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Binge drinking: Prevalence, correlates, and expectancies of alcohol use among individuals with first-episode psychosis.

A new interesting article has been published in Early Interv Psychiatry. 2018 Oct 21. doi: 10.1111/eip.12744. [Epub ahead of print] and titled:

Binge drinking: Prevalence, correlates, and expectancies of alcohol use among individuals with first-episode psychosis.

Authors of this article are:

Tan JH, Shahwan S, Satghare P, Cetty L, Verma S, Sendren JR, Chong SA, Subramaniam M.

A summary of the article is shown below:

AIM: This study examines the prevalence and correlates of binge drinking and its association with expectancies of alcohol use, within a sample of patients with first-episode psychosis enrolled in the Early Psychosis Intervention Programme (EPIP) in Singapore’s Institute of Mental Health.METHODS: A total of 280 patients from the EPIP were recruited for an on-going longitudinal study examining cigarette smoking and alcohol habits. Only baseline data were used, pertaining to socio-demographics, alcohol use, clinical symptomology, quality of life, and expectancies of alcohol use.RESULTS: Overall 23.9% (N = 67) reported ever binge drinking in their lifetime, and 11.4% (N = 32) had binged in the past 2 weeks. Controlling for all other socio-demographic and clinical factors, binge drinking was significantly associated with higher education levels, having children, current or past history of cigarette smoking, and lower negative symptom scores. Binge drinkers were also more likely to endorse statements relating to the themes of enhancement seeking (ie, using alcohol to alter or enhance experiences in a pleasurable way), coping with distress, and socializing-related expectancies of alcohol use.CONCLUSION: Similar to past studies, the prevalence of binge drinking among our first-episode sample was relatively high. Our findings suggest certain lifestyle and social factors associated with risky drinking behaviour that future prevention efforts may address. Additionally, the three motivations of enhancement seeking, coping, and socializing also suggest psychological processes and coping styles that could be targeted for interventions.© 2018 The Authors Early Intervention in Psychiatry Published by John Wiley & Sons Australia, Ltd.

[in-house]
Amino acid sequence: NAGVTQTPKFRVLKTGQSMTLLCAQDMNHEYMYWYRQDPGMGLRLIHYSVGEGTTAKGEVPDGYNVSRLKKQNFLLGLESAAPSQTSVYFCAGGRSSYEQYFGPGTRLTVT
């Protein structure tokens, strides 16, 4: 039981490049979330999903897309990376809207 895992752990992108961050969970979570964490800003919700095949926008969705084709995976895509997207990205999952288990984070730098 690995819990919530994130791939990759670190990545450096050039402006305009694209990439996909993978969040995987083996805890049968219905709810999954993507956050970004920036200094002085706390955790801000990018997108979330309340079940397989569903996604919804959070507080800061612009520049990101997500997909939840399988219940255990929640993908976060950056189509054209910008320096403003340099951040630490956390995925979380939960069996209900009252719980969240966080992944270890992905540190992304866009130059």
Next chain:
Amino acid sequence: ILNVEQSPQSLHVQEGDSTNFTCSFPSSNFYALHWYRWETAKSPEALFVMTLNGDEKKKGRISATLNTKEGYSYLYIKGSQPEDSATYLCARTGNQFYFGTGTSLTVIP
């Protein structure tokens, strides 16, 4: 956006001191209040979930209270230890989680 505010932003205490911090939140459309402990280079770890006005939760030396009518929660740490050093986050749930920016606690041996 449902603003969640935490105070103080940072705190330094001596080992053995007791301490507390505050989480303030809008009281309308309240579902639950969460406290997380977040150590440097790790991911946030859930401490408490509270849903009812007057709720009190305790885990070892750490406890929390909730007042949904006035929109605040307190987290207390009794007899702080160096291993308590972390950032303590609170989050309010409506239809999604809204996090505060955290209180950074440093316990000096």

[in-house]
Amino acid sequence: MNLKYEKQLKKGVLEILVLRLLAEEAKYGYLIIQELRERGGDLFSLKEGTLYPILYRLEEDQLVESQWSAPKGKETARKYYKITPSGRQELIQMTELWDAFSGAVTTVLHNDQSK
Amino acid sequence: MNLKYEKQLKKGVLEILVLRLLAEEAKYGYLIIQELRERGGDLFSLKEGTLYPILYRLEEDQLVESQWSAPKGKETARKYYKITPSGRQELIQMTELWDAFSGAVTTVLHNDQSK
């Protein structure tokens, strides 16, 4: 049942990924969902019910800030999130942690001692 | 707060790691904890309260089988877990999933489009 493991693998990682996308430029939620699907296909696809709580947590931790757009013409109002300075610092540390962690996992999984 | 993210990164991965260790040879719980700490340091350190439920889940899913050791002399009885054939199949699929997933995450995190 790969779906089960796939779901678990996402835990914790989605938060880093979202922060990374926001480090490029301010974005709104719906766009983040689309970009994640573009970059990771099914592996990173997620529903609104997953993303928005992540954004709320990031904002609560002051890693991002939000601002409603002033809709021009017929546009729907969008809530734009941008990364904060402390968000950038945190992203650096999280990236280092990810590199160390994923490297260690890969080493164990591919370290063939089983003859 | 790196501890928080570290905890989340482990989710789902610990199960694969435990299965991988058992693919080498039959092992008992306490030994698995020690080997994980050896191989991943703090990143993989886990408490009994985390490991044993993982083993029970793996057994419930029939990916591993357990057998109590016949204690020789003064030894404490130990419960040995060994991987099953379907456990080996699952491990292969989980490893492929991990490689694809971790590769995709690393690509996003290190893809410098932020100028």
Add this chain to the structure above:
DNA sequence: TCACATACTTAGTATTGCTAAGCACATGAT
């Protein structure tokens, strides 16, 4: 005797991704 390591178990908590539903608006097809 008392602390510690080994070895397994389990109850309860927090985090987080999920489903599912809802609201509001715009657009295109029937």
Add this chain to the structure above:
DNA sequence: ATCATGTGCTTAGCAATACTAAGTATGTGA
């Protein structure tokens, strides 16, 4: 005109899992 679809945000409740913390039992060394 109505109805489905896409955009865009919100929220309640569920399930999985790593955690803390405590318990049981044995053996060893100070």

Check out the article’s website on Pubmed for more information:



This article is a good source of information and a good way to become familiar with topics such as:

alcohol use;binge drinking;first-episode psychosis;motivations

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